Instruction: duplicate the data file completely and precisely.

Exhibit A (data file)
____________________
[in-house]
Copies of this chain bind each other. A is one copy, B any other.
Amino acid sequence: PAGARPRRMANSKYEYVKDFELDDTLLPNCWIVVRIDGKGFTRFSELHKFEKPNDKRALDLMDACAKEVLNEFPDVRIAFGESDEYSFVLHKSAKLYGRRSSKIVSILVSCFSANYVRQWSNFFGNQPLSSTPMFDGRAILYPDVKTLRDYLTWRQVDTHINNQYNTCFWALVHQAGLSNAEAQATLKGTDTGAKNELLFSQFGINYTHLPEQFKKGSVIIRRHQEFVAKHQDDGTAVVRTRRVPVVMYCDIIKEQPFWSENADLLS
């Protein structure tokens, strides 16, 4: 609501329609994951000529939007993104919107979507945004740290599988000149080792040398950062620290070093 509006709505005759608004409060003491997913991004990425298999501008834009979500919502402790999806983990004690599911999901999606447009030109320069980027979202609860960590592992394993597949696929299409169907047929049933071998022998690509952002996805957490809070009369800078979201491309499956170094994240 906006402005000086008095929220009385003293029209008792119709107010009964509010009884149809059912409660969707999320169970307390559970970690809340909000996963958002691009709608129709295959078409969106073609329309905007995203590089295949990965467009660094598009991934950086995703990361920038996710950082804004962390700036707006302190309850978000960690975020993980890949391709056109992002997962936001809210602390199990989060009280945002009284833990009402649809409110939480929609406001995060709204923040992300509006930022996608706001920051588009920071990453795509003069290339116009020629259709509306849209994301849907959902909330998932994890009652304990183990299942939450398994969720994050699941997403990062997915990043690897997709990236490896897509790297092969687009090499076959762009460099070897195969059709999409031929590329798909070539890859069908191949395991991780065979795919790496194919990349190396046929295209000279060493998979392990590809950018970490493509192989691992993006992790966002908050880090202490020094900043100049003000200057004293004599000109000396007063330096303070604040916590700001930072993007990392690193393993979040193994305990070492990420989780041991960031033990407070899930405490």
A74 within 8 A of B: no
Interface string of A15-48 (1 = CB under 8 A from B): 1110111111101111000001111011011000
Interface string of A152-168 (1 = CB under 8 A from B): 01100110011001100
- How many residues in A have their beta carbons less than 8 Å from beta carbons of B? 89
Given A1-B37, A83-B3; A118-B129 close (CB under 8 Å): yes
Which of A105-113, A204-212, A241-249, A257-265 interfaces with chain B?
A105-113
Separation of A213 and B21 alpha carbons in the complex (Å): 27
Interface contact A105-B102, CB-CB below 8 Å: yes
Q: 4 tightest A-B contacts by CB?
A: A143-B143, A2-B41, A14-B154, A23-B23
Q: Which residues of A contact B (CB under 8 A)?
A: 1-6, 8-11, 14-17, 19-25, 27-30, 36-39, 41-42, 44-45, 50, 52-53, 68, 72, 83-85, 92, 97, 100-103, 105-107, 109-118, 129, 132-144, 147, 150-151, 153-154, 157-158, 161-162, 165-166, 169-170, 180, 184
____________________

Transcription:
[in-house]
Copies of this chain bind each other. A is one copy, B any other.
Amino acid sequence: PAGARPRRMANSKYEYVKDFELDDTLLPNCWIVVRIDGKGFTRFSELHKFEKPNDKRALDLMDACAKEVLNEFPDVRIAFGESDEYSFVLHKSAKLYGRRSSKIVSILVSCFSANYVRQWSNFFGNQPLSSTPMFDGRAILYPDVKTLRDYLTWRQVDTHINNQYNTCFWALVHQAGLSNAEAQATLKGTDTGAKNELLFSQFGINYTHLPEQFKKGSVIIRRHQEFVAKHQDDGTAVVRTRRVPVVMYCDIIKEQPFWSENADLLS
């Protein structure tokens, strides 16, 4: 609501329609994951000529939007993104919107979507945004740290599988000149080792040398950062620290070093 509006709505005759608004409060003491997913991004990425298999501008834009979500919502402790999806983990004690599911999901999606447009030109320069980027979202609860960590592992394993597949696929299409169907047929049933071998022998690509952002996805957490809070009369800078979201491309499956170094994240 906006402005000086008095929220009385003293029209008792119709107010009964509010009884149809059912409660969707999320169970307390559970970690809340909000996963958002691009709608129709295959078409969106073609329309905007995203590089295949990965467009660094598009991934950086995703990361920038996710950082804004962390700036707006302190309850978000960690975020993980890949391709056109992002997962936001809210602390199990989060009280945002009284833990009402649809409110939480929609406001995060709204923040992300509006930022996608706001920051588009920071990453795509003069290339116009020629259709509306849209994301849907959902909330998932994890009652304990183990299942939450398994969720994050699941997403990062997915990043690897997709990236490896897509790297092969687009090499076959762009460099070897195969059709999409031929590329798909070539890859069908191949395991991780065979795919790496194919990349190396046929295209000279060493998979392990590809950018970490493509192989691992993006992790966002908050880090202490020094900043100049003000200057004293004599000109000396007063330096303070604040916590700001930072993007990392690193393993979040193994305990070492990420989780041991960031033990407070899930405490």
A74 within 8 A of B: no
Interface string of A15-48 (1 = CB under 8 A from B): 1110111111101111000001111011011000
Interface string of A152-168 (1 = CB under 8 A from B): 01100110011001100
- How many residues in A have their beta carbons less than 8 Å from beta carbons of B? 89
Given A1-B37, A83-B3; A118-B129 close (CB under 8 Å): yes
Which of A105-113, A204-212, A241-249, A257-265 interfaces with chain B?
A105-113
Separation of A213 and B21 alpha carbons in the complex (Å): 27
Interface contact A105-B102, CB-CB below 8 Å: yes
Q: 4 tightest A-B contacts by CB?
A: A143-B143, A2-B41, A14-B154, A23-B23
Q: Which residues of A contact B (CB under 8 A)?
A: 1-6, 8-11, 14-17, 19-25, 27-30, 36-39, 41-42, 44-45, 50, 52-53, 68, 72, 83-85, 92, 97, 100-103, 105-107, 109-118, 129, 132-144, 147, 150-151, 153-154, 157-158, 161-162, 165-166, 169-170, 180, 184